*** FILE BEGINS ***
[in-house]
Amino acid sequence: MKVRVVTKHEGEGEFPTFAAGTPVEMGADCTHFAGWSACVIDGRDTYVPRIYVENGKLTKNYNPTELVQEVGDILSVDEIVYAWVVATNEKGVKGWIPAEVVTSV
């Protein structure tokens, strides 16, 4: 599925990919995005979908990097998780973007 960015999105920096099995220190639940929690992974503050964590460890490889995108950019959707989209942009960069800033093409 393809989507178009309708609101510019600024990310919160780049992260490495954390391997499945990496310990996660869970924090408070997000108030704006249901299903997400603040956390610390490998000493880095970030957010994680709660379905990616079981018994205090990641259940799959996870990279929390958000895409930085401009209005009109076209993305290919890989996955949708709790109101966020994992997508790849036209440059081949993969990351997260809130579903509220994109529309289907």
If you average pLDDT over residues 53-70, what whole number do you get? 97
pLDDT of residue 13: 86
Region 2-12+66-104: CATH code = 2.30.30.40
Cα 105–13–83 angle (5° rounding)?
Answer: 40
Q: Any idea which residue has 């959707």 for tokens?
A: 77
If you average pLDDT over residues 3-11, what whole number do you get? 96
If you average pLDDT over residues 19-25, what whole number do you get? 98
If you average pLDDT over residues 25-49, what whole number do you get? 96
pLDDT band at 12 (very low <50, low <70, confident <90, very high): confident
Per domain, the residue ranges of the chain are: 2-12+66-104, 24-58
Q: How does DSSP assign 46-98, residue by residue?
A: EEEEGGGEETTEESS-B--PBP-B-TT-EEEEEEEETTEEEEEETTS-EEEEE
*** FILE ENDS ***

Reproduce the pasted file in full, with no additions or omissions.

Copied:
[in-house]
Amino acid sequence: MKVRVVTKHEGEGEFPTFAAGTPVEMGADCTHFAGWSACVIDGRDTYVPRIYVENGKLTKNYNPTELVQEVGDILSVDEIVYAWVVATNEKGVKGWIPAEVVTSV
């Protein structure tokens, strides 16, 4: 599925990919995005979908990097998780973007 960015999105920096099995220190639940929690992974503050964590460890490889995108950019959707989209942009960069800033093409 393809989507178009309708609101510019600024990310919160780049992260490495954390391997499945990496310990996660869970924090408070997000108030704006249901299903997400603040956390610390490998000493880095970030957010994680709660379905990616079981018994205090990641259940799959996870990279929390958000895409930085401009209005009109076209993305290919890989996955949708709790109101966020994992997508790849036209440059081949993969990351997260809130579903509220994109529309289907």
If you average pLDDT over residues 53-70, what whole number do you get? 97
pLDDT of residue 13: 86
Region 2-12+66-104: CATH code = 2.30.30.40
Cα 105–13–83 angle (5° rounding)?
Answer: 40
Q: Any idea which residue has 């959707």 for tokens?
A: 77
If you average pLDDT over residues 3-11, what whole number do you get? 96
If you average pLDDT over residues 19-25, what whole number do you get? 98
If you average pLDDT over residues 25-49, what whole number do you get? 96
pLDDT band at 12 (very low <50, low <70, confident <90, very high): confident
Per domain, the residue ranges of the chain are: 2-12+66-104, 24-58
Q: How does DSSP assign 46-98, residue by residue?
A: EEEEGGGEETTEESS-B--PBP-B-TT-EEEEEEEETTEEEEEETTS-EEEEE